When revisiting your budget, ensure you’re doing the basics right. Are you prioritizing your expenses? Are you keeping the credit cards locked up when you go out? Are you putting any excess cash towards your outstanding loans?
If you find you have some spare cash that’s floating around that may be sitting in savings or wasting away in your account, consider increasing your regular loan or debt repayments first and foremost.
Money sitting in an account will only earn a handful of percent interest at best, while your loans or debts may be charged at 5, 10, 15% if not more. Putting this extra money towards loans will save you more money than you’d earn with it sitting around, and you’ll pay back your loans that much quicker, saving yourself money in the long term!
10. Consider settling or consolidating your loans
Do you have multiple loans? Snowed in under an avalanche of debts? If these other methods just aren’t cutting through like you hoped they would, it might be time to consider other options.
The likes of debt settlement and consolidation are all viable options that best suit different people at different stages of their financial lives. The simplest and easiest of these is debt consolidation, which sees you combining all of your loans, credit, and other outstanding debts into one repayment.
How does this work? You apply for a debt consolidation loan via a bank, credit union, or other provider and then use this to pay off your outstanding debts. What you’re left with at the end is the one loan to repay, often with a lower interest rate than your other loans.
These debt consolidation loans also often come with a longer term, which can be both a blessing and a curse. It’s a blessing in that it makes it easier to meet your payments, and curse in so much as it extends the amount of time you’ll spend paying back the loan (and paying interest!).
That said, there’s nothing stopping you from using the tips and tricks here to pay off this debt consolidation loan that much quicker, and use it to your advantage. If you’re planning on knocking off this loan as quickly as you can, the lower interest rate could save you some big money in interest.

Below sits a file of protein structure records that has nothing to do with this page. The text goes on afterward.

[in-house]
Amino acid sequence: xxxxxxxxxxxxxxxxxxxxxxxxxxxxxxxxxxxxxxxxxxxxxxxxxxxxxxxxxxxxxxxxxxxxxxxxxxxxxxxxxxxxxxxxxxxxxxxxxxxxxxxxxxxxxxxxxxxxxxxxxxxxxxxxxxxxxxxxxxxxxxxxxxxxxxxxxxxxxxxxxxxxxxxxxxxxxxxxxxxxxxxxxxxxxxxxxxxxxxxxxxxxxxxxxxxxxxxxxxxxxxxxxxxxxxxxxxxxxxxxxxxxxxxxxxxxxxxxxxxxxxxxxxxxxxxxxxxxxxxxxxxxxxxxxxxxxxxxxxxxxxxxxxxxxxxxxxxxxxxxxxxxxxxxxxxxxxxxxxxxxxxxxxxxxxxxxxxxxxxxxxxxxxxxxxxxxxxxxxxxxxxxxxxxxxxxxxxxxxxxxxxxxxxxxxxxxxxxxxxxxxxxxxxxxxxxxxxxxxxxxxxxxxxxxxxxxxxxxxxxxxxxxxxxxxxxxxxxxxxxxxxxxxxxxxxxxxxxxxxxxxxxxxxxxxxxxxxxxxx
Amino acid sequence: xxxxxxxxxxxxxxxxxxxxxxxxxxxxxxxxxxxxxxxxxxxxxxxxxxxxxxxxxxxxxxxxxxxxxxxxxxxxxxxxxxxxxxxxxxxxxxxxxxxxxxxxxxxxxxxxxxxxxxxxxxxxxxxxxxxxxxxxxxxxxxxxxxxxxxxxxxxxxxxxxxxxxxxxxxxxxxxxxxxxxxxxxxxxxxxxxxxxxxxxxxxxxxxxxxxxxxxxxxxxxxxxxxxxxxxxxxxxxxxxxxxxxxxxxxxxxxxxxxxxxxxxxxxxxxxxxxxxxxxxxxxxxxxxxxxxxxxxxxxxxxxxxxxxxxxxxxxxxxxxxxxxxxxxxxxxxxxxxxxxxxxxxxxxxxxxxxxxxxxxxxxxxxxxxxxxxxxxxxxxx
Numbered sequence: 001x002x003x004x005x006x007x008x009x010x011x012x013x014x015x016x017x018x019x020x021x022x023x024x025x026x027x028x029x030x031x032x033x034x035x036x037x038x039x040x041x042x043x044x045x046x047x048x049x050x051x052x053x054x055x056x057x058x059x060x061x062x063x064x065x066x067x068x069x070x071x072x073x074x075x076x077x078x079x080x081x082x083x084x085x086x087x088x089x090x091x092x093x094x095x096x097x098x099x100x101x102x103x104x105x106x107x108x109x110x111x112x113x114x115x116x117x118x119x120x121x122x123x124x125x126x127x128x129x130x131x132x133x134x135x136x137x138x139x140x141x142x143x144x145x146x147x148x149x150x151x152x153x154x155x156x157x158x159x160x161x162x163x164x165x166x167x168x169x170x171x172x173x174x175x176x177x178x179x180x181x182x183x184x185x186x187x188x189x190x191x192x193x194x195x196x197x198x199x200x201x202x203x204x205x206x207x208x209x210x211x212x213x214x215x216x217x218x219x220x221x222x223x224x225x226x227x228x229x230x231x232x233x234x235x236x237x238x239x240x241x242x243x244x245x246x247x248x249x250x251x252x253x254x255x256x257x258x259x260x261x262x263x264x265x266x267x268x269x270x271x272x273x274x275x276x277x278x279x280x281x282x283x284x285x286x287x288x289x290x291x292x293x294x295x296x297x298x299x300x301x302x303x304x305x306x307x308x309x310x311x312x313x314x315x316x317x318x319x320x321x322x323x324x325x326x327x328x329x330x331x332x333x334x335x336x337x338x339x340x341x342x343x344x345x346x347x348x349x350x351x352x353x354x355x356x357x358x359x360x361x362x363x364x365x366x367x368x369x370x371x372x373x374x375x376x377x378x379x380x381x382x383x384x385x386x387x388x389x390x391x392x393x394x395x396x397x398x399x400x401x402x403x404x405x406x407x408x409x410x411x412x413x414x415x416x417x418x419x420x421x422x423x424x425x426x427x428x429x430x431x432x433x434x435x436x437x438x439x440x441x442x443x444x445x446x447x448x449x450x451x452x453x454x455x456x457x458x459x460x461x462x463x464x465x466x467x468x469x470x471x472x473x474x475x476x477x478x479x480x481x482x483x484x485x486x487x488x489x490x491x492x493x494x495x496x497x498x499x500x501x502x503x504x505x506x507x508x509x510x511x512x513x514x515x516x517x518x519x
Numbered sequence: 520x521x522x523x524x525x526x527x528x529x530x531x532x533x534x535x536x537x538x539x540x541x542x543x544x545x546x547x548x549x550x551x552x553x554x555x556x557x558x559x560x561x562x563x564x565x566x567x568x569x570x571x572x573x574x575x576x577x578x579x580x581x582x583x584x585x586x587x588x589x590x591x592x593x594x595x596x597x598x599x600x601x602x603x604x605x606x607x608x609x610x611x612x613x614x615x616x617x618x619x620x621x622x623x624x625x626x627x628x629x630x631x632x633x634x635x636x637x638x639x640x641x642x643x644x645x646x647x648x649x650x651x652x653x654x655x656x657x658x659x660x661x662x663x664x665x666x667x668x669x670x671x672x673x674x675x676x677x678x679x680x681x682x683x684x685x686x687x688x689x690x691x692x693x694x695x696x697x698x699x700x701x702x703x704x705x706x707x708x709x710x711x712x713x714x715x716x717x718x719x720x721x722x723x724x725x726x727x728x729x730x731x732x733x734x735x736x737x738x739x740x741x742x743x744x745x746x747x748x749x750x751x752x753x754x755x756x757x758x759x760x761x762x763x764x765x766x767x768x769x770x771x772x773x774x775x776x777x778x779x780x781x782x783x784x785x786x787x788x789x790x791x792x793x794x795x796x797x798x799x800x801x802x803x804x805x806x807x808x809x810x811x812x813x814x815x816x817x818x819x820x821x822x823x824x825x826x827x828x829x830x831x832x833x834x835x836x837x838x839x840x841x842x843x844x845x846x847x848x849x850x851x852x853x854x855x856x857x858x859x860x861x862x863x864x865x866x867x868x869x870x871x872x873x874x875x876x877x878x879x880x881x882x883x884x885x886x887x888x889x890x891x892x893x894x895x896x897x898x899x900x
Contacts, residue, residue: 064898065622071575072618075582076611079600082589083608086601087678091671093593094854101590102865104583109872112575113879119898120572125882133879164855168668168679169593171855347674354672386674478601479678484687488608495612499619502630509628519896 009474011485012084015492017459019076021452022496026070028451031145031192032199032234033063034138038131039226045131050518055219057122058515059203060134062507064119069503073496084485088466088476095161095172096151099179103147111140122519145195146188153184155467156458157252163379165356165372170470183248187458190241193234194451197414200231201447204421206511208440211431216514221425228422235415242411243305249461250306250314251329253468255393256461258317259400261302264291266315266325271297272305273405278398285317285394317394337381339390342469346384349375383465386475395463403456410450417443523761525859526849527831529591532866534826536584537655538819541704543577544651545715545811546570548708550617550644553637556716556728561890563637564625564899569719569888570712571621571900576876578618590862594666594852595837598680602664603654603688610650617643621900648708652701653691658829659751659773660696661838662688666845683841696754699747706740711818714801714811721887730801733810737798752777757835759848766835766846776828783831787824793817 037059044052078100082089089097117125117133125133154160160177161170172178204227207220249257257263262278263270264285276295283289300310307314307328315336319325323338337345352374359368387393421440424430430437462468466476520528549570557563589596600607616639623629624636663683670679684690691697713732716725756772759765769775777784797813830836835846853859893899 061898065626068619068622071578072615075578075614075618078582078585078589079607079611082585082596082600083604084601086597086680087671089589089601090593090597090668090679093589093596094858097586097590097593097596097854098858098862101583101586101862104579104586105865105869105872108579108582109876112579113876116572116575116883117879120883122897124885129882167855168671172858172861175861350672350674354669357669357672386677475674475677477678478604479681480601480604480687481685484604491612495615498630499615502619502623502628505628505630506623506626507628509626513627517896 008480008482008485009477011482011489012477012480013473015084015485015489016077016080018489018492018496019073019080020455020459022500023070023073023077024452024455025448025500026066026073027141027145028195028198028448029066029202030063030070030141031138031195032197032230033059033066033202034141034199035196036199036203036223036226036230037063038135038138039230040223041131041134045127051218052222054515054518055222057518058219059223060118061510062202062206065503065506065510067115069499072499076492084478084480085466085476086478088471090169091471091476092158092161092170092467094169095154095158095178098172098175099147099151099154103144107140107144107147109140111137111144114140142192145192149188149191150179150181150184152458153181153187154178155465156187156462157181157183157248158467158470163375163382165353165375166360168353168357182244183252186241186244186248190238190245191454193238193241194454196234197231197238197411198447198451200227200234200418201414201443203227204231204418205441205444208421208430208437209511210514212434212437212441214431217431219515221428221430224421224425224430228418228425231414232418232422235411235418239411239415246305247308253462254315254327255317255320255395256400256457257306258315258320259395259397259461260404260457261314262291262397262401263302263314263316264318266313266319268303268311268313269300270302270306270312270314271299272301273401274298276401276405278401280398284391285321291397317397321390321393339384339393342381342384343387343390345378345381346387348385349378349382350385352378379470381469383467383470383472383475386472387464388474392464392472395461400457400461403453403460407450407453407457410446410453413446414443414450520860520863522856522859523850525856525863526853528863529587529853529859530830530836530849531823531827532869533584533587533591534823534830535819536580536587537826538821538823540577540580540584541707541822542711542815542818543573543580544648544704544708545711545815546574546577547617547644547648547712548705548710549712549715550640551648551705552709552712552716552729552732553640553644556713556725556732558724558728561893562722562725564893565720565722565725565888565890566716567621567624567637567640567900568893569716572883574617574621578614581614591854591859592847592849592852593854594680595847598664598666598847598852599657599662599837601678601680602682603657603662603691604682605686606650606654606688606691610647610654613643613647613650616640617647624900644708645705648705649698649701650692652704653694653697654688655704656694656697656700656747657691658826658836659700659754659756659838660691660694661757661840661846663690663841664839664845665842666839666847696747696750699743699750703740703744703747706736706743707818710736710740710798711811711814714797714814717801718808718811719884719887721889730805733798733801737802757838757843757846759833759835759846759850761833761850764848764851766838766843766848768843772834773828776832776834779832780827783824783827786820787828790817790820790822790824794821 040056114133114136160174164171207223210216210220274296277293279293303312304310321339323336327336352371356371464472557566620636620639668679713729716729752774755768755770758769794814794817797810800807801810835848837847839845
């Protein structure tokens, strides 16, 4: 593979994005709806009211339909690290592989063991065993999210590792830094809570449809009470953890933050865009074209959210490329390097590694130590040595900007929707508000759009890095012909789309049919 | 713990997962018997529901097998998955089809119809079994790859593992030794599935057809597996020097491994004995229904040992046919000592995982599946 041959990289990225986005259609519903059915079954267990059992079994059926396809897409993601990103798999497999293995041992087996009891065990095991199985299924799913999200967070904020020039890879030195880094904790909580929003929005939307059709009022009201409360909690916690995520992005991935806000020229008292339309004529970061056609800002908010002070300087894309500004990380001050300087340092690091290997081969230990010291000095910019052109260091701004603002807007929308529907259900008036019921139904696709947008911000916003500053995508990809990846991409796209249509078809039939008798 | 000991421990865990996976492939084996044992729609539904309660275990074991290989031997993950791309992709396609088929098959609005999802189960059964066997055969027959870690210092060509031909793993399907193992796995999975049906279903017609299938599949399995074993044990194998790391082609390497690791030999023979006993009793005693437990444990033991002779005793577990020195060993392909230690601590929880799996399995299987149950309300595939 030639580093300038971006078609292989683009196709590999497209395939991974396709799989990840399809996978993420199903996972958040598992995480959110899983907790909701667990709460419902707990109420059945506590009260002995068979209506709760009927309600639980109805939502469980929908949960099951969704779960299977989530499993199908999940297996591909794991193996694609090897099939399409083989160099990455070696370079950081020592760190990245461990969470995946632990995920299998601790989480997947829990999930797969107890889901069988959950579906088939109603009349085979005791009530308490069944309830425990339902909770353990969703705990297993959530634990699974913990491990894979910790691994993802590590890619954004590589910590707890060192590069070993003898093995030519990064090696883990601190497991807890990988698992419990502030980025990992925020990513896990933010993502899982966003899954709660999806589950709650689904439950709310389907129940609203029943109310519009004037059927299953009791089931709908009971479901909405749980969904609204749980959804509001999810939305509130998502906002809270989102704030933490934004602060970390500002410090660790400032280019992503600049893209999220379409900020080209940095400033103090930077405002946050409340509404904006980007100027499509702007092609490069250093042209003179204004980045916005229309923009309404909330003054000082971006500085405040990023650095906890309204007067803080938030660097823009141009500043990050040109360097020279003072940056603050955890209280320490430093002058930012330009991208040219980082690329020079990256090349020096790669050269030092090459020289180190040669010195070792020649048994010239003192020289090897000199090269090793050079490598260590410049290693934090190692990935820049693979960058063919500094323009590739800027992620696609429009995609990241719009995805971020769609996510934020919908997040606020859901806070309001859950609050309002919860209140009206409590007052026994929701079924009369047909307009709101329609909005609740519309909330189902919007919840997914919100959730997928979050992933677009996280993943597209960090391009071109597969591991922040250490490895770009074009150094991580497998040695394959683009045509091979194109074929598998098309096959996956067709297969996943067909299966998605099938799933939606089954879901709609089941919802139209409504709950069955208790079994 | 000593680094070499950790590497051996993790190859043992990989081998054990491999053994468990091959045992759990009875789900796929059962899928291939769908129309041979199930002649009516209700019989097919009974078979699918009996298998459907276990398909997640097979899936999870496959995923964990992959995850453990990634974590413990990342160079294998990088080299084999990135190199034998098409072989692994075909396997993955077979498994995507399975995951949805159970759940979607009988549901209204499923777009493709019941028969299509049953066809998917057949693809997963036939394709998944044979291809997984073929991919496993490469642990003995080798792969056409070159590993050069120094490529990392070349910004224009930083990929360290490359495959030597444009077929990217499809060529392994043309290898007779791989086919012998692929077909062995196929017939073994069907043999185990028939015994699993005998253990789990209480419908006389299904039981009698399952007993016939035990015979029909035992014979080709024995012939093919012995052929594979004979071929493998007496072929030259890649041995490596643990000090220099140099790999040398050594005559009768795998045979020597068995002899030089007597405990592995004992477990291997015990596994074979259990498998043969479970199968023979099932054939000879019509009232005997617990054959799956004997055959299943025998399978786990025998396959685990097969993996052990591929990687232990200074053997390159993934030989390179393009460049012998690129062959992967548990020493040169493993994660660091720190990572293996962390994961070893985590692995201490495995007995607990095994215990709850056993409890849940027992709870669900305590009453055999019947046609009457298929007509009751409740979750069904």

At the end of the day, whether debt consolidation or one of the many other options is best for you depends on the specifics of your finances. All you need to know is that there are options out there, and they’re all well worth exploring.
11. Stop borrowing money
Are your credit cards maxed out? Loan form sitting half-complete on your dining room table? Unless you’re considering debt consolidation, don’t hit send on those applications just yet!
Why? It’s a pretty simple equation: if you’re wanting to get out of debt as fast as you can, the last thing you should be doing is applying for additional loans, credit cards, or other lines of finance. If not, you’ll just be backfilling the debt hole you’re trying so hard to dig yourself out of.
Best of all, the solution for this one’s super simple: close the application window, put the form through the shredder, and lock away your credit cards in a drawer and throw away the key. You don’t want to undo all of your hard work in a moment of retail therapy weakness. You’re gonna get there, you just have to help yourself along the way!
Jamie Dalzell is a freelance writer for Reality Copywriting, who’s written for numerous online and print publications in his time. With a keen interest in all things personal finance, he aims to create interesting, insightful, and above all else helpful content that aids others in their own financial lives.